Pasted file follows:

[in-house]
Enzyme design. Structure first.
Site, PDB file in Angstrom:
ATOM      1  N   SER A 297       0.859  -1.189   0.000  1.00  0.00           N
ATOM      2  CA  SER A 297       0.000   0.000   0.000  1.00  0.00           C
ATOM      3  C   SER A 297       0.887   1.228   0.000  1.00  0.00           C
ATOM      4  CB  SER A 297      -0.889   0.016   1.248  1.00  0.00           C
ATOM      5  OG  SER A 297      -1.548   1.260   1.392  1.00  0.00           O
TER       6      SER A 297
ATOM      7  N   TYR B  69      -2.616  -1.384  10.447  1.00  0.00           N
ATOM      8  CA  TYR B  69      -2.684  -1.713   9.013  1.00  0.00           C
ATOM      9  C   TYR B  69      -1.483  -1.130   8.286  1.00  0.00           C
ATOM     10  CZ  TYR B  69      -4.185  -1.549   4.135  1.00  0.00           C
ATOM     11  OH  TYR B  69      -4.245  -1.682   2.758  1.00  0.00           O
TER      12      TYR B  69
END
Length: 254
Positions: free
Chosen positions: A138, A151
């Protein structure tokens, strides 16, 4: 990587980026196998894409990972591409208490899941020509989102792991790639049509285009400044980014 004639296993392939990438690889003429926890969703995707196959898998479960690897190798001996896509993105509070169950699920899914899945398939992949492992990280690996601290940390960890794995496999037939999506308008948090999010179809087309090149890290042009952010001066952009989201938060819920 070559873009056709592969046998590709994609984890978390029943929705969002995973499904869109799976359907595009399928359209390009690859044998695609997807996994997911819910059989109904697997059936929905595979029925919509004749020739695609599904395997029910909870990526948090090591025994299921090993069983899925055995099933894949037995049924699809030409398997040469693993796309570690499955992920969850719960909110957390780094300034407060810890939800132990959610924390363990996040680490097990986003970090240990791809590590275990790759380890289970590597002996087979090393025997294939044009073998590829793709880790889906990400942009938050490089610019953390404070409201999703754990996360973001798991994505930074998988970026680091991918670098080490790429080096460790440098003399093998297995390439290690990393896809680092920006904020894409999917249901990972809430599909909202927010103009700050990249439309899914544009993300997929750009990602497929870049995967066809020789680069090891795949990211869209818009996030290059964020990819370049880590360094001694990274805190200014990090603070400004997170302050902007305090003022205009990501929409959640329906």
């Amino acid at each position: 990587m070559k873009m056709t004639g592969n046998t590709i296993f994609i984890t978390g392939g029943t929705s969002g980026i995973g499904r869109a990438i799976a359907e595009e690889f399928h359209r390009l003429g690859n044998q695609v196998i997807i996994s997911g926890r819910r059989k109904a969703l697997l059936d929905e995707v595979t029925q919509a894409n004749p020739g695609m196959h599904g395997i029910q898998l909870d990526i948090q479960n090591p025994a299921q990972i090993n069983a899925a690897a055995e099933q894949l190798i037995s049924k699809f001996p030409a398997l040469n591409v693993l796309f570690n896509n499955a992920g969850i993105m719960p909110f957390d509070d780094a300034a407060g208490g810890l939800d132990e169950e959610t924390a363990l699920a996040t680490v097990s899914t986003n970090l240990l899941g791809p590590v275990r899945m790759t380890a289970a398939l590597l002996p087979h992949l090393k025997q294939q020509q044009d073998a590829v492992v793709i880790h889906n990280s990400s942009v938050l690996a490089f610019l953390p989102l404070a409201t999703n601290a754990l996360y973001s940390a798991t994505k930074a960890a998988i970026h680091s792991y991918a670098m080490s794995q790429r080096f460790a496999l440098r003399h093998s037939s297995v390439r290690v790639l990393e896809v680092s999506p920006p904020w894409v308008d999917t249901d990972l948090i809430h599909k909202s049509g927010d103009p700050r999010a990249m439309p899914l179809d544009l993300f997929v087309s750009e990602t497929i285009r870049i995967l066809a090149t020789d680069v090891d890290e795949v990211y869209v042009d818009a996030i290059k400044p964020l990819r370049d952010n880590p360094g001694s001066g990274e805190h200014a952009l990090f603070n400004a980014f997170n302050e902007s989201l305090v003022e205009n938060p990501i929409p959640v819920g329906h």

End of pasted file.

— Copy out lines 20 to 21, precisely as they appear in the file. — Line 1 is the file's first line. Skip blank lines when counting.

């Protein structure tokens, strides 16, 4: 990587980026196998894409990972591409208490899941020509989102792991790639049509285009400044980014 004639296993392939990438690889003429926890969703995707196959898998479960690897190798001996896509993105509070169950699920899914899945398939992949492992990280690996601290940390960890794995496999037939999506308008948090999010179809087309090149890290042009952010001066952009989201938060819920 070559873009056709592969046998590709994609984890978390029943929705969002995973499904869109799976359907595009399928359209390009690859044998695609997807996994997911819910059989109904697997059936929905595979029925919509004749020739695609599904395997029910909870990526948090090591025994299921090993069983899925055995099933894949037995049924699809030409398997040469693993796309570690499955992920969850719960909110957390780094300034407060810890939800132990959610924390363990996040680490097990986003970090240990791809590590275990790759380890289970590597002996087979090393025997294939044009073998590829793709880790889906990400942009938050490089610019953390404070409201999703754990996360973001798991994505930074998988970026680091991918670098080490790429080096460790440098003399093998297995390439290690990393896809680092920006904020894409999917249901990972809430599909909202927010103009700050990249439309899914544009993300997929750009990602497929870049995967066809020789680069090891795949990211869209818009996030290059964020990819370049880590360094001694990274805190200014990090603070400004997170302050902007305090003022205009990501929409959640329906």
């Amino acid at each position: 990587m070559k873009m056709t004639g592969n046998t590709i296993f994609i984890t978390g392939g029943t929705s969002g980026i995973g499904r869109a990438i799976a359907e595009e690889f399928h359209r390009l003429g690859n044998q695609v196998i997807i996994s997911g926890r819910r059989k109904a969703l697997l059936d929905e995707v595979t029925q919509a894409n004749p020739g695609m196959h599904g395997i029910q898998l909870d990526i948090q479960n090591p025994a299921q990972i090993n069983a899925a690897a055995e099933q894949l190798i037995s049924k699809f001996p030409a398997l040469n591409v693993l796309f570690n896509n499955a992920g969850i993105m719960p909110f957390d509070d780094a300034a407060g208490g810890l939800d132990e169950e959610t924390a363990l699920a996040t680490v097990s899914t986003n970090l240990l899941g791809p590590v275990r899945m790759t380890a289970a398939l590597l002996p087979h992949l090393k025997q294939q020509q044009d073998a590829v492992v793709i880790h889906n990280s990400s942009v938050l690996a490089f610019l953390p989102l404070a409201t999703n601290a754990l996360y973001s940390a798991t994505k930074a960890a998988i970026h680091s792991y991918a670098m080490s794995q790429r080096f460790a496999l440098r003399h093998s037939s297995v390439r290690v790639l990393e896809v680092s999506p920006p904020w894409v308008d999917t249901d990972l948090i809430h599909k909202s049509g927010d103009p700050r999010a990249m439309p899914l179809d544009l993300f997929v087309s750009e990602t497929i285009r870049i995967l066809a090149t020789d680069v090891d890290e795949v990211y869209v042009d818009a996030i290059k400044p964020l990819r370049d952010n880590p360094g001694s001066g990274e805190h200014a952009l990090f603070n400004a980014f997170n302050e902007s989201l305090v003022e205009n938060p990501i929409p959640v819920g329906h």